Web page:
​Fossil Q Neely review

A beautiful hybrid watch for small wrists
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Fossil Q Neely
By Fossil
For casual tracking and discreet features in a (very) compact, stylish package, the Fossil Q Neely is a strong choice. How much of an affordable option this is depends on where you live – it's much cheaper in the US right now – and if you're serious about sports tracking, you need to go elsewhere. But if you've been looking for something small and light enough for everyday wear, the Q Neely will definitely have appeal.

  • Small, stylish
  • Six month battery life
  • Programmable buttons
  • Limited tracking
  • Some features not easy to set up
  • No extras like heart rate

Hybrid smartwatches are getting smaller and smaller and that's good news. The Fossil Q Neely doesn't just look like a regular fashion watch, it feels like one too.

This is a smart and stylish hybrid watch that offers just the right amount of connected features and basic tracking for anyone who thinks smartwatches these days are still just too big.

It's an affordable option, more so in the US than Europe, that will handle phone alerts, let you control music and photos and keep tabs on your steps and sleep – all without the need for an unsightly touchscreen.

It's also one of a whole troupe of fashion hybrids not only from Fossil, but its other designer smartwatch brands such as Skagen and Michael Kors.

We've been living with the sleek hybrid watch to find out if one of Fossil's smallest smartwatches yet deserves a place on your wrist.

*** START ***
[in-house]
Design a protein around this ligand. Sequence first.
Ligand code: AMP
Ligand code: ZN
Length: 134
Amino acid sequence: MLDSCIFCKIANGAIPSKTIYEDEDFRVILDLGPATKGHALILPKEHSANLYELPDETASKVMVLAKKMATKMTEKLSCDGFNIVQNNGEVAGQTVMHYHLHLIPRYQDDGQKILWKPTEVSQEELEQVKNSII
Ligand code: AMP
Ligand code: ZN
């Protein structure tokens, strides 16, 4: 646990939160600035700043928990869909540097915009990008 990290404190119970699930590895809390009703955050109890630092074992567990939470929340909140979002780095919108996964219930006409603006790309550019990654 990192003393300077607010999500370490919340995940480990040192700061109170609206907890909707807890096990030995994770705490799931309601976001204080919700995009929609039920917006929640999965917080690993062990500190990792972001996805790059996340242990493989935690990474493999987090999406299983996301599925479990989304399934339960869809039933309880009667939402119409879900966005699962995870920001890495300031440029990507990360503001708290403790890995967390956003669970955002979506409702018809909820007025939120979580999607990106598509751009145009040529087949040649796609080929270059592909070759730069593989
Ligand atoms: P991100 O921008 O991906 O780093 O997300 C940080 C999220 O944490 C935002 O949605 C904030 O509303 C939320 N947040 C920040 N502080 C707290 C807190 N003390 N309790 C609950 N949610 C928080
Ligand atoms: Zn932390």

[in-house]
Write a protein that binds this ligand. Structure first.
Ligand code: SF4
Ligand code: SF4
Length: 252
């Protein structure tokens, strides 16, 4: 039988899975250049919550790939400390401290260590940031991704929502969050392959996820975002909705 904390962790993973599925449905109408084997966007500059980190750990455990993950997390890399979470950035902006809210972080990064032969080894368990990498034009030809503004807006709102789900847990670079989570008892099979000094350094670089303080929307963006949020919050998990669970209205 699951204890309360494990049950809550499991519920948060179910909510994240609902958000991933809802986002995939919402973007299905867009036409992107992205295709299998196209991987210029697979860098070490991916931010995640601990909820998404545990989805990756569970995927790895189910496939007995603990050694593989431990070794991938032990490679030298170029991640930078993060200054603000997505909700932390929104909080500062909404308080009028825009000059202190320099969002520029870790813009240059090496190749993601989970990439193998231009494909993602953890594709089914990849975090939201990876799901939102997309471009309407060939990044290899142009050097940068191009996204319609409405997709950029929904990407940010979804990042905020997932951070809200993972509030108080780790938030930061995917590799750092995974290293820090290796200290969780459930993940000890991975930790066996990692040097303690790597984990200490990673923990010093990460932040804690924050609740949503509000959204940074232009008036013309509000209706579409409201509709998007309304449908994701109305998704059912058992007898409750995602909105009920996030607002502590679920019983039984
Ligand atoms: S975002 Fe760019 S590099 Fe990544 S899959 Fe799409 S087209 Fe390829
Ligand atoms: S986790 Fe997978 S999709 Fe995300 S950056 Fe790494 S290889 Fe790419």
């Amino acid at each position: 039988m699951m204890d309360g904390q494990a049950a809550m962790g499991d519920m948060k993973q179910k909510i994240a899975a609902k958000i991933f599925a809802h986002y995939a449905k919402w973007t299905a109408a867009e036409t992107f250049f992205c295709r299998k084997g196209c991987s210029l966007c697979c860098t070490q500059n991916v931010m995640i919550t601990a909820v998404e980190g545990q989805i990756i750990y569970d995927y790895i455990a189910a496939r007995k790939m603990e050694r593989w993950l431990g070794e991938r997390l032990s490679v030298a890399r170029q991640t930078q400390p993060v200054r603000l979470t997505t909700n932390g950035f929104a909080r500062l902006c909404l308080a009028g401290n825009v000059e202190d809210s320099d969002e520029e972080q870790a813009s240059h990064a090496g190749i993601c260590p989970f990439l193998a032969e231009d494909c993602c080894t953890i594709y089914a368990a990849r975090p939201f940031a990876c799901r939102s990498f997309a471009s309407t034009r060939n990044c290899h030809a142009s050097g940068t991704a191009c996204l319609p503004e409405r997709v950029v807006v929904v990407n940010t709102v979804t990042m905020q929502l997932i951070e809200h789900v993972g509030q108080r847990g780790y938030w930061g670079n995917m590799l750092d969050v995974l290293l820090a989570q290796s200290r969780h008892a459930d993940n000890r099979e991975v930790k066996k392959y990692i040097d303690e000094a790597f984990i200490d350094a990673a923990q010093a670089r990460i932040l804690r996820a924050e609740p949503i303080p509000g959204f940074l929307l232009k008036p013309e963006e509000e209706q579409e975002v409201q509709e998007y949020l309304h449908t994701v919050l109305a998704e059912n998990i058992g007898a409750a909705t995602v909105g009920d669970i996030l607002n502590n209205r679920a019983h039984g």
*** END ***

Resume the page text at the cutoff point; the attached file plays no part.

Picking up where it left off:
Fossil Q Neely: Design

​Fossil Q Neely review

The design of the Q Neely is the star here. It's one of the smallest, lightest and most comfortable hybrid smartwatches we've worn and will suit women, people with small wrists and anyone who sees the size and shape of smartwatch form factors as a dealbreaker. The Q Neely is a 36mm watch with a 12mm thick body – though it looks slimmer than that on the wrist – and it uses 16mm interchangeable straps.

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The model we tested has a shiny rose gold finish body that comes with a bone leather strap – this does get grubby quickly though, so either be careful to keep it pristine or buy a few alternatives. The Q Neely is also available in rose gold with a cabernet leather strap and a silver finish with a black leather strap. The lugs are just as petite – everything here is small and perfectly formed. All of them can sit on your wrist and go absolutely unnoticed as a smartwatch – the main appeal of this type of wearable.

​Fossil Q Neely review

It's worth noting that Fossil has a lot of hybrid styles now, all offering the same features, and most like the Q Neely based on existing Fossil fashion watch styles. (The Neely is only 34mm so still a little ways to go downsizing). It's worth also taking a look at the Q Jacqueline, Q Virginia and Q Accomplice as well as the slightly dressier Skagen Signatur T-Bar – another Fossil Group brand, which is also 36mm and 12mm thick but with no lugs. You can get the exact same features on hybrid watches from Kate Spade, Marc Jacobs, DKNY, Michael Kors and more too.

Fossil Q Neely: Features

​Fossil Q Neely review

Considering there's no touchscreen, Fossil packs a lot of smartwatch-like features into the Q Neely using its 0-100 dial, watch hands and buttons in clever ways. Some work well, others don't. Most require you to keep your smartphone's Bluetooth turned on to keep them connected as well.

First up – the Q Neely handles smartphone alerts for texts, email, calendar events and social media apps etc, so you get a gentle vibe on your wrist when one comes through, plus you can alter the vibration strength to suit you. In the Notifications screen of the Fossil Q companion app, which you need to download to get going, you can assign each number on the watch face to a contact or app. This works if you assign say 3 or 4 (e.g hands move to 1 = WhatsApp, hands move to 2 = Gmail) but after that we simply struggled to remember. You can also set multiple (two) time zones up and also program an alarm/reminder buzz to wake you up in the morning, use as training intervals or just remind you of something else with a little hybrid watch jolt.

​Fossil Q Neely review